Migrating from Jekyll to Hugo
I originally chose to use Jekyll because it’s supported by GitHub Pages. At the time, I also wasn’t aware of other static site generators, and Jekyll seemed to be widely used. But when I recently decided to put more effort into my website, I looked into other options to make sure that I have the best possible foundation to work with. I figured migrating when my site is tiny would be easier than trying to migrate later when my site has more content and features.
I looked into this list of static site generators and decided to investigate Hugo more, mainly because of its popularity and because I had read a fair amount of praise for it beforehand. I don’t anticipate adding much dynamic content to my website, or else I would have given more consideration to Gatsby and Next, both of which use React.
I found quite a few posts from people who have migrated from Jekyll to Hugo:
- Docs are Migrating from Jekyll to Hugo
- Bye Bye, Jekyll. Hello, Hugo.
- Switching to Hugo
- Hugo vs. Jekyll: a showdown of static site generator (sic)
- Migrating from Jekyll+Github Pages to Hugo+Netlify
Hugo’s key differentiators: 1. Ease of install 2. Speed (critical for large sites) 3. Integrated live-reload while editing in near realtime 4. Multilingual capabilities 5. Flexible 6. Very strong community 7. Very good & comprehensive documentation (but not perfect…yet)
Hugo struggles with: 1. Not integrated with Github like Jekyll (though webhooks solve this to a large degree) 2. No plugin support 3. Media & Asset processing not tightly integrated
The cons are not important to me. I don’t need GitHub integration because I switched my website hosting from GitHub Pages to Netlify. I don’t think I will miss plugins because Hugo seems to have many built-in features (like RSS feed generation) that might be plugins for other generators. And I don’t need a sophisticated asset pipeline because I want to keep my website relatively minimal and static anyway.
Hugo builds my site in tens of milliseconds, and incremental builds are also measured in milliseconds. Jekyll, in contrast, took a few seconds for a full build, and even incremental builds took over a second. While Jekyll’s times might not sound so bad right now, my site doesn’t have much content. According to what I have read, Jekyll does not scale well, and it can take several minutes to build larger sites.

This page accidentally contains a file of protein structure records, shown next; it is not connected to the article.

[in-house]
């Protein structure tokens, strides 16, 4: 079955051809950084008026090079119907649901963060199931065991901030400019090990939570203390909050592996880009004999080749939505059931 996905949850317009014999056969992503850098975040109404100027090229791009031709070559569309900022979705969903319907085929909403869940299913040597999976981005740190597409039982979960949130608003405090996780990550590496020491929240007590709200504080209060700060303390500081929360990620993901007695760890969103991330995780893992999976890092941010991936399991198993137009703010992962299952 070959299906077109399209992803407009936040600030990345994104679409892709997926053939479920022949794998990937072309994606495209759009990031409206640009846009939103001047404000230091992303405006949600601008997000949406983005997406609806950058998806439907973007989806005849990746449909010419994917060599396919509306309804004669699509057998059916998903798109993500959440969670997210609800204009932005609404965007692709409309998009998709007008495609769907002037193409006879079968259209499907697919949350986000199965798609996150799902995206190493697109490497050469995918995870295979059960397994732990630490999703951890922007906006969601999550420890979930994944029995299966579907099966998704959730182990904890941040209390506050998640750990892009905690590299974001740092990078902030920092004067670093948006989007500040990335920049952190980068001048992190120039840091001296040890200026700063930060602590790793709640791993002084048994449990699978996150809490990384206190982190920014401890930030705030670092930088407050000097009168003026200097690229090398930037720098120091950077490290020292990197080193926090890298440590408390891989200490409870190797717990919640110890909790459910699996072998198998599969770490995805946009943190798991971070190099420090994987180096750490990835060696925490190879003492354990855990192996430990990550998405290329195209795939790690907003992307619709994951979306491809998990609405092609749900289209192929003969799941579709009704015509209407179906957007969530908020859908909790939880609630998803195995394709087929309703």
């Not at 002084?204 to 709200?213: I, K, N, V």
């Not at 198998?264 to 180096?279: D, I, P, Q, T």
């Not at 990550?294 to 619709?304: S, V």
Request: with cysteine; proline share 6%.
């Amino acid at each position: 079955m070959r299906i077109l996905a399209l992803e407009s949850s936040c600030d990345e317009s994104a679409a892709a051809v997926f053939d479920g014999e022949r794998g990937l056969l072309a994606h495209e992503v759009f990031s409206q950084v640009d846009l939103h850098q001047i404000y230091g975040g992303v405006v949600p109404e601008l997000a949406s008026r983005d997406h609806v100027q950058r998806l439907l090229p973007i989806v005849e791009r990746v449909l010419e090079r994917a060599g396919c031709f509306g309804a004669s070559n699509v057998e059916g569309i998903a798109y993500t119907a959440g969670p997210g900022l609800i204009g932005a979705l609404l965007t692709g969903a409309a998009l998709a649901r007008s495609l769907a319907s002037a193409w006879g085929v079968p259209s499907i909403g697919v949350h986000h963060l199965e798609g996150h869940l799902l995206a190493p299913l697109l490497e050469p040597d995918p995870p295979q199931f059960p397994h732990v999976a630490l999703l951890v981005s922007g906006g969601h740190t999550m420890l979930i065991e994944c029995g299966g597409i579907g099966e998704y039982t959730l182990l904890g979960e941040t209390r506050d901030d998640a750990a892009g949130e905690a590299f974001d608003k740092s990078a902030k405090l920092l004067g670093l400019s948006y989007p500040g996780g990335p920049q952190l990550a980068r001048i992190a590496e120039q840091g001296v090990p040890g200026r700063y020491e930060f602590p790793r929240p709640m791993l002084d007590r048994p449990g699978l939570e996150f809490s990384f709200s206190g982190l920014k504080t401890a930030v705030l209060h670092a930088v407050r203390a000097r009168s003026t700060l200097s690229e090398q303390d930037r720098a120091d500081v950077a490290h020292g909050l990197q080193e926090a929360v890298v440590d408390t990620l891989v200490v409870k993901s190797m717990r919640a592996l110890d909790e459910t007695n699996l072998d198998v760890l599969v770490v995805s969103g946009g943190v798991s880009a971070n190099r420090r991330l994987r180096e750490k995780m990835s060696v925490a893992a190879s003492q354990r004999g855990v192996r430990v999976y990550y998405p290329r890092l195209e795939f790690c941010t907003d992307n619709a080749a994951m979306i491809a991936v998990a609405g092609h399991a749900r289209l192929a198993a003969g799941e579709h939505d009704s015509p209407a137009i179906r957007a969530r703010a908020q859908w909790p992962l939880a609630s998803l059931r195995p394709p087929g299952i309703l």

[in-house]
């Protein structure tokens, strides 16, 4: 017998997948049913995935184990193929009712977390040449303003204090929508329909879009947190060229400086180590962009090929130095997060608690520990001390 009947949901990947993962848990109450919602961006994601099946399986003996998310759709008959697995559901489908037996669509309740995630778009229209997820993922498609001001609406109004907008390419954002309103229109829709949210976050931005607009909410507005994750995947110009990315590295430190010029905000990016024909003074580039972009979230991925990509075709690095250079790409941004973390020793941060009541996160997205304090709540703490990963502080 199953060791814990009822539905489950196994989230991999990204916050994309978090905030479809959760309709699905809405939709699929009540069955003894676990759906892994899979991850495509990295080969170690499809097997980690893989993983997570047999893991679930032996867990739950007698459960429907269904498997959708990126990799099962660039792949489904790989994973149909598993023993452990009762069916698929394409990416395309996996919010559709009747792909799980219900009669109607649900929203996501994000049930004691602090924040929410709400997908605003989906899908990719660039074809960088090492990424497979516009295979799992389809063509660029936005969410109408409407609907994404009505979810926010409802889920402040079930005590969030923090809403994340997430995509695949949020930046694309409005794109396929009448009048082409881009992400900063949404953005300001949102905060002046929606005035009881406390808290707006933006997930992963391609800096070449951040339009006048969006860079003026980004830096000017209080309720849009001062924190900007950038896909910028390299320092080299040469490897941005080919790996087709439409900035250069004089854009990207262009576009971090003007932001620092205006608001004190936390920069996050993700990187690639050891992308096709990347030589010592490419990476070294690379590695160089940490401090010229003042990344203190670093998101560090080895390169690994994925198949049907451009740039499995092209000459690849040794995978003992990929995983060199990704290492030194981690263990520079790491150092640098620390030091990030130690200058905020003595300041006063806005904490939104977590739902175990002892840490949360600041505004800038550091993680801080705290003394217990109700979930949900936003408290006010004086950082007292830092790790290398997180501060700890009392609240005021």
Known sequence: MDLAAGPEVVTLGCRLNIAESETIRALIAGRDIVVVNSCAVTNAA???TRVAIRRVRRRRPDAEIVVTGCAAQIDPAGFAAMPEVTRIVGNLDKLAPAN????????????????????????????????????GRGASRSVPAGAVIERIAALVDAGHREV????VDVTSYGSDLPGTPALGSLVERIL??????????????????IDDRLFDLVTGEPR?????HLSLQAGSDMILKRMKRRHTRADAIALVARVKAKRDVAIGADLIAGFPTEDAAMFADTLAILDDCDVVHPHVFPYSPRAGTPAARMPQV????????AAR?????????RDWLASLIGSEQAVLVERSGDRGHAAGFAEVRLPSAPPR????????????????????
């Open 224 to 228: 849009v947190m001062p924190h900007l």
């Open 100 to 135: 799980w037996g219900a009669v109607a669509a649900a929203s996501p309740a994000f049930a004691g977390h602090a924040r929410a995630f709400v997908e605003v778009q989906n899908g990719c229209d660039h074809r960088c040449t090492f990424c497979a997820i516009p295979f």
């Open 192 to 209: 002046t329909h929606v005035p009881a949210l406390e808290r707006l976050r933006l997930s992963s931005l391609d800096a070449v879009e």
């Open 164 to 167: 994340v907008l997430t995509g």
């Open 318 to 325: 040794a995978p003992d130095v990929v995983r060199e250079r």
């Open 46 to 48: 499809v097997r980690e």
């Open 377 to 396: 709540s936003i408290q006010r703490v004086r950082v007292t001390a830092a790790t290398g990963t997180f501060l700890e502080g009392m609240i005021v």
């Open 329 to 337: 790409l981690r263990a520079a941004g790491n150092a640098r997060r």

While Jekyll’s speed was not a pain point for me yet, I did want live reloading. I followed this pull request for adding live reloading to Jekyll without having to use a plugin. The feature was released with version 3.7.0 on January 2, 2018. However, I experienced an issue when I tried to use it. I would get
404 errors when pages were regenerated, presumably because the browser requests the page before it is ready. There is an open pull request to fix it.
This was the problem that really pushed me to switch to Hugo. It has natively supported live reloading for much longer, so I was confident that the kinks would be worked out already. That has turned out to be true in practice. Live reloading with Hugo works quickly and reliably.
This is the commit where I did the migration. Hugo has a command to import from Jekyll, so I ran that first. Most of the work after that was just converting the templates to Hugo’s syntax, which took a bit of time since I was not familiar with Go’s templating libraries.
I also had to convert my Sass files to raw CSS, but this wasn’t a big deal for me because I was barely using any Sass specific features. There’s an open issue for adding native Sass support, and this tweet confirms that it’s coming:
I did find the layout system to be a little confusing in terms of figuring out how Hugo determines which layouts to use for which pages. I had to re-read the documentation a couple times before I got it working.
Later on, there were multiple times when I discovered that Hugo has a convenient method for doing something, like adding Google Analytics, embedding YouTube videos, or adding Disqus comments. It wouldn’t be difficult to do these things with Jekyll, but they would involve adding boilerplate that isn’t necessary with Hugo. Small but nice touches like these give me confidence that I’ll want to stick with Hugo for a long time.
Jekyll is still a solid choice for creating a static website. It has a large community and its own advantages (like a plugin system). However, I’m happy that I switched to Hugo and that it’s in my development toolbox now. I encourage anyone who maintains or needs a static website to check it out.
Originally published at www.dannyguo.com.